year = "2017",
month = "6",
day = "15",
doi = "10.1080/07315724.2017.1318722",
language = "English (US)",
pages = "1--8",
journal = "Journal of the American College of Nutrition",
issn = "0731-5724",
publisher = "American College Of Nutrition",

}

TY - JOUR

T1 - Association between Urinary Phytoestrogens and C-reactive Protein in the Continuous National Health and Nutrition Examination Survey

AU - Reger, Michael K.

AU - Zollinger, Terrell W.

AU - Liu, Ziyue

AU - Jones, Josette

AU - Zhang , Jianjun

PY - 2017/6/15

Y1 - 2017/6/15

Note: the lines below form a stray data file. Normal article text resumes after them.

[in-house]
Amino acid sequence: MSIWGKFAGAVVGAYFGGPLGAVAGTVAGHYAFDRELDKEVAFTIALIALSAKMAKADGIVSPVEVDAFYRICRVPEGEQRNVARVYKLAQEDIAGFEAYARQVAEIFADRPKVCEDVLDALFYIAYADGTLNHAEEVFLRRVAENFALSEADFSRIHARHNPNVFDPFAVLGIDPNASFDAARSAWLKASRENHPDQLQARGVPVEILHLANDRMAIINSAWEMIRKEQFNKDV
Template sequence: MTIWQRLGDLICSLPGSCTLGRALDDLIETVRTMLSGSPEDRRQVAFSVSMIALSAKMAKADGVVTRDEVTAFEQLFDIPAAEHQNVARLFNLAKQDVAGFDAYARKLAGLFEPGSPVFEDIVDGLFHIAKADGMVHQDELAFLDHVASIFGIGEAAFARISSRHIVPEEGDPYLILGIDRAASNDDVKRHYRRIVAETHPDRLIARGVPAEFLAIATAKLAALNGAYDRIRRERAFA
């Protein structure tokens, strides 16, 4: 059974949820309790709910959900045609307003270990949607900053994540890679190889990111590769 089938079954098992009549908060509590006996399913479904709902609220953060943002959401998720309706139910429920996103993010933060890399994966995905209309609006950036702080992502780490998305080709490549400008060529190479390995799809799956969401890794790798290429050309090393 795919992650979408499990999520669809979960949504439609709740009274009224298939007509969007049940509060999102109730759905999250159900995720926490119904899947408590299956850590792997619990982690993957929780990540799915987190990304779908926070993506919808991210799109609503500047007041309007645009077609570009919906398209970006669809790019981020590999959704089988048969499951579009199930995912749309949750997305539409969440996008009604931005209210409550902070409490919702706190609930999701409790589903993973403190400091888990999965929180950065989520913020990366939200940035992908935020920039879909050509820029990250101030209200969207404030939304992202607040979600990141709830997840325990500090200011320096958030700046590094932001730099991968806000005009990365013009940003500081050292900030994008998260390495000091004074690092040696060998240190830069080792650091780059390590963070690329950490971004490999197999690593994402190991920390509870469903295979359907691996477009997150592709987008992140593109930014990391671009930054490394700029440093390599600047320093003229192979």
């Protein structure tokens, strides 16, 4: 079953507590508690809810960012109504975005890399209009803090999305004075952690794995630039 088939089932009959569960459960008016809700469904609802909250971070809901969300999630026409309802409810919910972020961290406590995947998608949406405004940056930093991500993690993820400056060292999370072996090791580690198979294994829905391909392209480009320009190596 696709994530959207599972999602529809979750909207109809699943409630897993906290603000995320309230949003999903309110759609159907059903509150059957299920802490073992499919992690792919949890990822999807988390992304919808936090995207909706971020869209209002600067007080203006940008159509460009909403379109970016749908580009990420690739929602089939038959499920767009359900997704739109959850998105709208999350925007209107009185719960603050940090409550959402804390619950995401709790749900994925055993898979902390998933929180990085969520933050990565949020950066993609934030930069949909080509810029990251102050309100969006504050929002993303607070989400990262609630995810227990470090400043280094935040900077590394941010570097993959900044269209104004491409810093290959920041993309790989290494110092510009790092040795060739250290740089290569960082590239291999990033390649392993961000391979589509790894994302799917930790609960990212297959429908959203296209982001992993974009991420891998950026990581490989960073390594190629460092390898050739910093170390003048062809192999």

N2 - Objective: A reduced risk of some cancers and cardiovascular disease associated with phytoestrogen intake may be mediated through its effect on serum C-reactive protein (CRP; an inflammation biomarker). Therefore, this study examined the associations between urinary phytoestrogens and serum CRP. Methods: Urinary phytoestrogen and serum CRP data obtained from 6009 participants aged ≥ 40 years in the continuous National Health and Nutrition Examination Survey during 1999–2010 were analyzed. Results: After adjustment for confounders, urinary concentrations of total and all individual phytoestrogens were inversely associated with serum concentrations of CRP (all p < 0.004). The largest reductions in serum CRP (mg/L) per interquartile range increase in urinary phytoestrogens (ng/mL) were observed for total phytoestrogens (β = −0.18; 95% confidence interval [CI], −0.22, −0.15), total lignan (β = −0.15; 95% CI, −0.18, −0.12), and enterolactone (β = −0.15; 95% CI, −0.19, −0.12). A decreased risk of having high CRP concentrations (≥3.0 mg/L) for quartile 4 vs quartile 1 was also found for total phytoestrogens (OR = 0.63; 95% CI, 0.53, 0.73), total lignan (OR = 0.64; 95% CI, 0.54, 0.75), and enterolactone (OR = 0.59; 95% CI, 0.51, 0.69). Conclusion: Urinary total and individual phytoestrogens were significantly inversely associated with serum CRP in a nationally representative sample of the U.S. population.